As the most visual of the big social media platforms, Instagram is a fantastic place for professional and amateur photographers to show their work off to the world.
If you currently take photos for a living (or even as a part-time hobby) and you’re not on Instagram, you could be missing out on a tonne of exposure. A lack of familiarity with the platform might mean you don’t know where to start, so we’ve put together a simple guide to help photographers get up and running on Instagram Marketing.
1. Getting started
The first thing to do is set up your new Instagram account! Instagram is mobile-first, meaning you’ll need the app in order to get the most out of the platform, so head to your phone’s app store and get downloading.
If you’ve already got a personal Instagram account, you need to decide whether you want to have an entirely separate profile for your photography business or hobby, or if you’re happy to combine the two. As Instagram now has multi-account support, it’s easy to add multiple profiles to your app and manage these in tandem.
It’s a good idea to make sure people know how to contact you for more information, especially if your work or skills are available for purchase – if you’ve got your own website, you can include a link to this in your profile, or you could simply pop your email address in your bio.
Speaking of your bio – keep it short and sweet, but make sure people know who you are and what you do. The prolific photographer Simone Bramante has done this particularly well:
2. What to post
Instagram shouldn’t be a carbon copy of your website or portfolio; think of it more as a way to show the world your own unique style and personality. Try and strike a balance between exceptional shots that demonstrate your ability, and more ad-hoc phone photos that offer an insight into your process – a bit like a visual diary! You can also use Instagram to experiment with different styles and get some feedback from your followers.
Uploading from your DSLR
Although phone cameras have come a long way in the past few years, most serious photographers still remain loyal to their DSLR. Instagramming photos taken on a camera isn’t as easy as uploading from your phone, but it can certainly be worth the additional effort. This can be especially true for event photographers, who’ll use their DSLR for the majority of their work, and would have a pretty empty Instagram account otherwise.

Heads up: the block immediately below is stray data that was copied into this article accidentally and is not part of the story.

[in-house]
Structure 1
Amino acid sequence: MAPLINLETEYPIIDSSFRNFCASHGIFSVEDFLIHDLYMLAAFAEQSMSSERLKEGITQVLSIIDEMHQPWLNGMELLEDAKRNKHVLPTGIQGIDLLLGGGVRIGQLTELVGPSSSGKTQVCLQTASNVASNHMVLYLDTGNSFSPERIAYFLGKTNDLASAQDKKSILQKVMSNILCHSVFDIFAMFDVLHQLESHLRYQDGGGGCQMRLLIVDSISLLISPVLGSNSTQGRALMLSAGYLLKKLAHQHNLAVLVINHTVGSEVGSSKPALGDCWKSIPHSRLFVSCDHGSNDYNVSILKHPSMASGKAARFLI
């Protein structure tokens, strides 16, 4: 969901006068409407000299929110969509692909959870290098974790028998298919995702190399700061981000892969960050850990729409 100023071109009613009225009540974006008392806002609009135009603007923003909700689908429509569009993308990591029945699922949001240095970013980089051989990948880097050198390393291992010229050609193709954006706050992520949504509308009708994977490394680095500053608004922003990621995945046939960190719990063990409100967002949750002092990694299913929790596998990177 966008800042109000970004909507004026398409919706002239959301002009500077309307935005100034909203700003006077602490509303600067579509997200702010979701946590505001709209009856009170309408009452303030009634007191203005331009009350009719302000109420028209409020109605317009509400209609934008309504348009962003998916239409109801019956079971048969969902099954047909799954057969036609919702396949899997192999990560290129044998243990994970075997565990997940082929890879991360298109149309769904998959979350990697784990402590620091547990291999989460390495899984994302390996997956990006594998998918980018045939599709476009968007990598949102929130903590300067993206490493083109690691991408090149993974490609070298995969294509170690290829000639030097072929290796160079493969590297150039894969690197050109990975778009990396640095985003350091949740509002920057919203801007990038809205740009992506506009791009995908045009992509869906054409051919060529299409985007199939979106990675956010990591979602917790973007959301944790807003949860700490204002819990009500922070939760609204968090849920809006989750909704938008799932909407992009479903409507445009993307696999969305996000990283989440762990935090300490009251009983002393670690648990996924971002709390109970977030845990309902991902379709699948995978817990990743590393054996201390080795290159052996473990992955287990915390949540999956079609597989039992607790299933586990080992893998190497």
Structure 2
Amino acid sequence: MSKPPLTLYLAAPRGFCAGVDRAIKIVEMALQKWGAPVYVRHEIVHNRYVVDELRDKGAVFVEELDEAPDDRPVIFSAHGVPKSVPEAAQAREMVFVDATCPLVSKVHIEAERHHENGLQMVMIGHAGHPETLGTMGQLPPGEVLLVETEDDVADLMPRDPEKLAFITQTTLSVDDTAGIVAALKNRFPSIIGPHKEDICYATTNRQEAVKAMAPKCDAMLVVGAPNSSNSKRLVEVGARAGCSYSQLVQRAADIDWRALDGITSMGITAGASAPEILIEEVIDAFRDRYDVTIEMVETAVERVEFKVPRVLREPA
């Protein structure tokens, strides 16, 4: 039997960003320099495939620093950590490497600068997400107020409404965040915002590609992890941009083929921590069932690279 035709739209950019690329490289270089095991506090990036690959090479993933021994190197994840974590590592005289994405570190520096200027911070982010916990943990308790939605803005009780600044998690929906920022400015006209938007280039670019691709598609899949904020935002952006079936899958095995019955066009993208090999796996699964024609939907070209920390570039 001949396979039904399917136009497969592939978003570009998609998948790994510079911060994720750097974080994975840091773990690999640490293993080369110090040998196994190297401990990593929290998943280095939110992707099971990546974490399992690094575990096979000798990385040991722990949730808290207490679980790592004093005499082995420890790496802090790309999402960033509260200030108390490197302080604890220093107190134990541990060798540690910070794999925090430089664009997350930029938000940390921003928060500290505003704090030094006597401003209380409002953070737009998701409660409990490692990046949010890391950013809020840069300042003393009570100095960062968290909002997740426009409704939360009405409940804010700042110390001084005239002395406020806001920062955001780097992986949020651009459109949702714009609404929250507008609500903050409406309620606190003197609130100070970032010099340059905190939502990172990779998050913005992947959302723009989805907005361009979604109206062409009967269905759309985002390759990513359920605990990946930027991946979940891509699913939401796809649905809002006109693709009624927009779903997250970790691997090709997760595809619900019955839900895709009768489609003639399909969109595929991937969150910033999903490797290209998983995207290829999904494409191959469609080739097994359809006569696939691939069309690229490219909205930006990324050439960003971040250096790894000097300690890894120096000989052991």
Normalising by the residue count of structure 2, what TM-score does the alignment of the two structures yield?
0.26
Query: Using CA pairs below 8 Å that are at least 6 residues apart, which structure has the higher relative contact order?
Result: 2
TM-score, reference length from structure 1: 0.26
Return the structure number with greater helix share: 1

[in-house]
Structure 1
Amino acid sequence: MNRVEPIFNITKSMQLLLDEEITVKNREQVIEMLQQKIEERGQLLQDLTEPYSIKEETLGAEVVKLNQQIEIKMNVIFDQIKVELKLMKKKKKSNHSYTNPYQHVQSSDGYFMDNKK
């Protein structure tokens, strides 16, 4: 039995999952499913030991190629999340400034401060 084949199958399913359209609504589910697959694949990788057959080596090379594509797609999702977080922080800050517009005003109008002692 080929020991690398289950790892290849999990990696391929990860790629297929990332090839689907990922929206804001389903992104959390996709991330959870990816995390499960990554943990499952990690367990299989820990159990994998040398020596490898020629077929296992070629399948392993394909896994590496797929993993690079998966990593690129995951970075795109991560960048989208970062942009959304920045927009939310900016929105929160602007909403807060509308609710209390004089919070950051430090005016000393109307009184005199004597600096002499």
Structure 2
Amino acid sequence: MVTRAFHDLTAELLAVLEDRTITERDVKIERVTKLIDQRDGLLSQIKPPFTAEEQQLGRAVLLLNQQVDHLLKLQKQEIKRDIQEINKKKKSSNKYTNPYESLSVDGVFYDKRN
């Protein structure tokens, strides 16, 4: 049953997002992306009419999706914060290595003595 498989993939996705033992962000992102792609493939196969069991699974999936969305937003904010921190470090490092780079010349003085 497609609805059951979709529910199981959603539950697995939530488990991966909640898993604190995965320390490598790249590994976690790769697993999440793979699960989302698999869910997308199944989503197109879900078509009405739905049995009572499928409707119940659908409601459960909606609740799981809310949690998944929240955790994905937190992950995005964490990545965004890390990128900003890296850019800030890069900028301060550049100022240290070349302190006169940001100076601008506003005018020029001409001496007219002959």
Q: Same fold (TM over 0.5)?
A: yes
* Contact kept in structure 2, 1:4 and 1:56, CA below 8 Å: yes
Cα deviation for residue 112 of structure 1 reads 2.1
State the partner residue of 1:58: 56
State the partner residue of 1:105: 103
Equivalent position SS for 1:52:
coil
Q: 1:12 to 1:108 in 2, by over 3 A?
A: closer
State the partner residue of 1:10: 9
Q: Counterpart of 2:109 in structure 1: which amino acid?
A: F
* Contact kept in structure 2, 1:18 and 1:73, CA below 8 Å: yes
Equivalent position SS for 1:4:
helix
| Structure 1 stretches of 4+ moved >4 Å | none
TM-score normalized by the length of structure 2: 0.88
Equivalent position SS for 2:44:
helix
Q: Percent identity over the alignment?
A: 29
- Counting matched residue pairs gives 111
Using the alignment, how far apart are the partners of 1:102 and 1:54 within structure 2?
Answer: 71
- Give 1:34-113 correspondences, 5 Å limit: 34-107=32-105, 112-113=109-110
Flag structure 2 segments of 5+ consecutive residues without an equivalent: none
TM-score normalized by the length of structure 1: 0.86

If you want to use your DSLR photos on Instagram, it’s worth investing in a bit of extra tech to make the process easier. Ideally, you want to get your photos from your camera to your phone directly, thus cutting out the middleman (your computer). This can be achieved relatively easily with a wi-fi enabled memory card, a wireless camera adapter, or (if you’ve got an iPhone), a Lightning to USB adapter. Once the photos are on your phone, it’s just a simple matter of uploading them to Instagram using the app.
If you’re the type of person who normally spends hours and hours editing photos, you might want to rein in your perfectionist side. Your Instagram account, unlike your portfolio, doesn’t need to be full of pixel-perfect photos for two reasons:
1. Most people viewing your Instagram photos will be doing so on their mobiles, where screen size and resolution will mean many of the finest details of your images simply aren’t visible.
2. People understand that Instagram is, by its nature, very ad-hoc and of-the-moment – they won’t expect every single one of your images to be the final product.
A bit of colour correction and cropping is fine and there are plenty of great phone apps (check out out 5 best photo editing apps list) but don’t put too much pressure on yourself!
To filter or not to filter?
Instagram’s wide range filters are completely adequate for most users, and being able to edit the levels of these certainly makes it easy to tweak your images until you’re happy. However, as a serious photographer, it’s likely that you have your own technique and style already. Using filters is fine (after all, it’s your Instagram account and you can do what you want), but you may get closer to the result you’re after by using your own preferred software, or experimenting with the various editing apps on offer until you find one that’s perfect for you.